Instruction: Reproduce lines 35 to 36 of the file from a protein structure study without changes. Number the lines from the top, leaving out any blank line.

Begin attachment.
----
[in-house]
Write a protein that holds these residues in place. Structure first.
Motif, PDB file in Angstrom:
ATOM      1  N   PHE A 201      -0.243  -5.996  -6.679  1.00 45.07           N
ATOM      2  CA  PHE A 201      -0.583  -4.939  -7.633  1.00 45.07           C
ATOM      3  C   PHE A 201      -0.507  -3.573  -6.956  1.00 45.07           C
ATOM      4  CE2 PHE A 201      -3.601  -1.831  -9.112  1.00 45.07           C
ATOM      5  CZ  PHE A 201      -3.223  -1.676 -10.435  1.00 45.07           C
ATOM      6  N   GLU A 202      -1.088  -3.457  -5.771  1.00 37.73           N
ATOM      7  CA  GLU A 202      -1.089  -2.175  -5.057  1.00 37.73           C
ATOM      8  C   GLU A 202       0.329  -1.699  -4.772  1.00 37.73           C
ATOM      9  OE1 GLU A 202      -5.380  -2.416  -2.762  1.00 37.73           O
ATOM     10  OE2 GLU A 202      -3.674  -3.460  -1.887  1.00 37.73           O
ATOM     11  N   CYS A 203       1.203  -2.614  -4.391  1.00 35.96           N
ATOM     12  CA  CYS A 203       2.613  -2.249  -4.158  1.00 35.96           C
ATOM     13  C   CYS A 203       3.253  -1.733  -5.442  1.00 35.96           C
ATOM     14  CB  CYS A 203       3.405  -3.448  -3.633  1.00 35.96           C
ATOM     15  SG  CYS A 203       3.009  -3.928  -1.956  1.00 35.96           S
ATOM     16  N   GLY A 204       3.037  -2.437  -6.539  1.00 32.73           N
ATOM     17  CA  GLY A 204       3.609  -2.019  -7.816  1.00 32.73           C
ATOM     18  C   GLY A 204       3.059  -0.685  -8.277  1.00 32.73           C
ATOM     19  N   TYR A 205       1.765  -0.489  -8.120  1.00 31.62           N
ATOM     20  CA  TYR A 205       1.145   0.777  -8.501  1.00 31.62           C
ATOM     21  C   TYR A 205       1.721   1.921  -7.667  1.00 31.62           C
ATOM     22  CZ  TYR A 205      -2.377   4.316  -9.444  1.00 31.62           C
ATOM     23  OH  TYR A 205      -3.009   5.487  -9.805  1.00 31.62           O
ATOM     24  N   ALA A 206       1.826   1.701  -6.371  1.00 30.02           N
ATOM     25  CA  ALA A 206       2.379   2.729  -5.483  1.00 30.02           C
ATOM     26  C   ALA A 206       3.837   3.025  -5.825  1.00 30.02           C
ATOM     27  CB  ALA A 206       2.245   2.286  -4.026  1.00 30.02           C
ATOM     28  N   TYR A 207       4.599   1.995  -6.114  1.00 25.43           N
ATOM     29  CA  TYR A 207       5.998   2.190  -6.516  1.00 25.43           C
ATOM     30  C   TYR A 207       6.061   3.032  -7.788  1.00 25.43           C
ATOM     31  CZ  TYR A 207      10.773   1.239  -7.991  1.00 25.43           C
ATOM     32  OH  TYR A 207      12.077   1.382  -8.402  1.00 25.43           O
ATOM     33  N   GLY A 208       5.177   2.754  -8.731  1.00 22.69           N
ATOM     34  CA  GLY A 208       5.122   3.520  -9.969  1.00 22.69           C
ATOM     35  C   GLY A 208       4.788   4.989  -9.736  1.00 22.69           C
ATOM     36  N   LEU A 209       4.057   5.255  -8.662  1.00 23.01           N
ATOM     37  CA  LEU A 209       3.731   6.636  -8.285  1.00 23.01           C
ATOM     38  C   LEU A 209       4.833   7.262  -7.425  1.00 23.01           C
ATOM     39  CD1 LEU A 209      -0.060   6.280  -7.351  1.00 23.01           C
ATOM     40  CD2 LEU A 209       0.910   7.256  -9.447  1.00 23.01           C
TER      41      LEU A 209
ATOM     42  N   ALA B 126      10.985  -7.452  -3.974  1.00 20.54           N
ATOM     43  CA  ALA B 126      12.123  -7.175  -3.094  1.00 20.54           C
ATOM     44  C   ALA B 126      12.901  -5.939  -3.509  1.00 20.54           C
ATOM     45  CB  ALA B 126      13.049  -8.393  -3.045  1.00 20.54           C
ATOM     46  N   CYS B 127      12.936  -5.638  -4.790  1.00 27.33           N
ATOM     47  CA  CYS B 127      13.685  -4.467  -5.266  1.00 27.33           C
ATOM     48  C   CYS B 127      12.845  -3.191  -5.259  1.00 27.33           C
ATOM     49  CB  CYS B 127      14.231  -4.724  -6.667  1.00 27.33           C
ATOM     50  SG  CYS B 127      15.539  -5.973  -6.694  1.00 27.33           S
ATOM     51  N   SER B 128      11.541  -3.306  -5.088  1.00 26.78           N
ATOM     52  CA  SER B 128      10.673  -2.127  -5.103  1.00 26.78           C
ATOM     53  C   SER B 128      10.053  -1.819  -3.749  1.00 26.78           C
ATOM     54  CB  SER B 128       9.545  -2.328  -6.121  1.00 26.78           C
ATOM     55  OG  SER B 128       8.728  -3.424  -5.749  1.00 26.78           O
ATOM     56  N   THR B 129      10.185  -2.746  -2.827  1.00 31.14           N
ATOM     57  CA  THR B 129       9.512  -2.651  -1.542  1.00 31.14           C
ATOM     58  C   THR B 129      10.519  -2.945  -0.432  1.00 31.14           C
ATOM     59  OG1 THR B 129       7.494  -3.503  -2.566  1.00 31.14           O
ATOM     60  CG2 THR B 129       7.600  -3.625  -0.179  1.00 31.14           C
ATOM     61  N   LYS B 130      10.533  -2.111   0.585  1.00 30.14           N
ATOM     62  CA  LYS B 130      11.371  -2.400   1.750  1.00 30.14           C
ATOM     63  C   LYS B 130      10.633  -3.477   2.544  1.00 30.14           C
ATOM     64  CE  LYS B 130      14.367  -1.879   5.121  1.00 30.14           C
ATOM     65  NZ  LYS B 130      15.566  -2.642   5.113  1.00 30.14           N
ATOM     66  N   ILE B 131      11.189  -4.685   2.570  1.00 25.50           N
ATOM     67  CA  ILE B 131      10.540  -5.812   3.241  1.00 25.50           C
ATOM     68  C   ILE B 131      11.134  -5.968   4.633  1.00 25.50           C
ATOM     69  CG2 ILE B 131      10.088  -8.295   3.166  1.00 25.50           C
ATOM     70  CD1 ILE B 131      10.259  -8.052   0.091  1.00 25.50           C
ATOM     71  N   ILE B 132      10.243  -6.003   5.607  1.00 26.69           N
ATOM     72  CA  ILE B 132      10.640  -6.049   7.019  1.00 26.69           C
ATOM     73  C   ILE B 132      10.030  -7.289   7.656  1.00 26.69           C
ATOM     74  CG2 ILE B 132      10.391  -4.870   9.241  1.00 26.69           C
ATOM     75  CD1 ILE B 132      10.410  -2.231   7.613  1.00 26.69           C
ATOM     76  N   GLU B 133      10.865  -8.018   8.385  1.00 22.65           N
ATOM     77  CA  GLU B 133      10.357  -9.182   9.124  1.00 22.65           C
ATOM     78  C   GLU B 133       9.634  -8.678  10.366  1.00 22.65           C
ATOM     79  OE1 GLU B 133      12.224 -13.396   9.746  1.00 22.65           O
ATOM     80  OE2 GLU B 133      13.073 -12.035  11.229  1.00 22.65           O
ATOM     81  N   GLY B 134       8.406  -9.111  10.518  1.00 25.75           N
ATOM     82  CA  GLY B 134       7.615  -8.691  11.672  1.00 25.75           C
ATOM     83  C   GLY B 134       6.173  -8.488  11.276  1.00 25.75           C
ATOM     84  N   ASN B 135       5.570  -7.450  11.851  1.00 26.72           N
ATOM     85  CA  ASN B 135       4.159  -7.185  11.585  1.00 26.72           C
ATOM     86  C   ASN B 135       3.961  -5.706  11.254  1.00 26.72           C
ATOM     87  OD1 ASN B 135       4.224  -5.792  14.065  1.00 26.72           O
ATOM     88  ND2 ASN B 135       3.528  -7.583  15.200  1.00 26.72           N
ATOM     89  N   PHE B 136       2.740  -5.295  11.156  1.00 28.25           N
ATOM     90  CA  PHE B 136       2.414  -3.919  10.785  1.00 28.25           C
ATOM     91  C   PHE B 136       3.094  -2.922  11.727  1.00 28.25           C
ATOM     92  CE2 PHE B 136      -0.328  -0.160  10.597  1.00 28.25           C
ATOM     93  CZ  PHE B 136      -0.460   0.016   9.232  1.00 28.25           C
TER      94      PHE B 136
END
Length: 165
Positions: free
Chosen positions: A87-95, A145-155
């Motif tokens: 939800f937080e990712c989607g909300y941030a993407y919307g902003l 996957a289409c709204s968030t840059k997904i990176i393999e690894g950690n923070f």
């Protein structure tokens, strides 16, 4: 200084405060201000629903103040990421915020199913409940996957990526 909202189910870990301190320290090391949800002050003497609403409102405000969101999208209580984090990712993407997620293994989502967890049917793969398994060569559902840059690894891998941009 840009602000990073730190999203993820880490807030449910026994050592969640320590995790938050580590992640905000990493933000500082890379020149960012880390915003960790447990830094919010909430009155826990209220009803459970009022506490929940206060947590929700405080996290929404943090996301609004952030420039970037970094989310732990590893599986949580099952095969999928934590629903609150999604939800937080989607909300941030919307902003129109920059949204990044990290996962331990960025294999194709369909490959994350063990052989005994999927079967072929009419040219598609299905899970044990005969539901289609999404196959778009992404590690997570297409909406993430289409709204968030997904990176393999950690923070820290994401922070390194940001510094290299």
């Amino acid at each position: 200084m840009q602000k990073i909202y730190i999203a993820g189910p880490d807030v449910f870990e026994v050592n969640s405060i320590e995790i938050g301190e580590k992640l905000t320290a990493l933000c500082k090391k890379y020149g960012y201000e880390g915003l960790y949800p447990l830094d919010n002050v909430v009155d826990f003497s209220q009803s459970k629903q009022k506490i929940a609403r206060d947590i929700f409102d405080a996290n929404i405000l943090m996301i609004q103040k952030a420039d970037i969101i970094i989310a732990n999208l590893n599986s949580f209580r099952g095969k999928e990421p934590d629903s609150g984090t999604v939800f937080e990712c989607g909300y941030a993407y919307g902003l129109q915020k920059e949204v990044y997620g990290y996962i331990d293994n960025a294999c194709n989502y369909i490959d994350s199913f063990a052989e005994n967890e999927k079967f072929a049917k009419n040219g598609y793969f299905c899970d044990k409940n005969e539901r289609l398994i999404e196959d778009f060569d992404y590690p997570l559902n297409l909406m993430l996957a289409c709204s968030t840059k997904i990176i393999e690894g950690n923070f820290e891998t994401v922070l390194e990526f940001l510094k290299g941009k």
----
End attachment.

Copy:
ATOM     32  OH  TYR A 207      12.077   1.382  -8.402  1.00 25.43           O
ATOM     33  N   GLY A 208       5.177   2.754  -8.731  1.00 22.69           N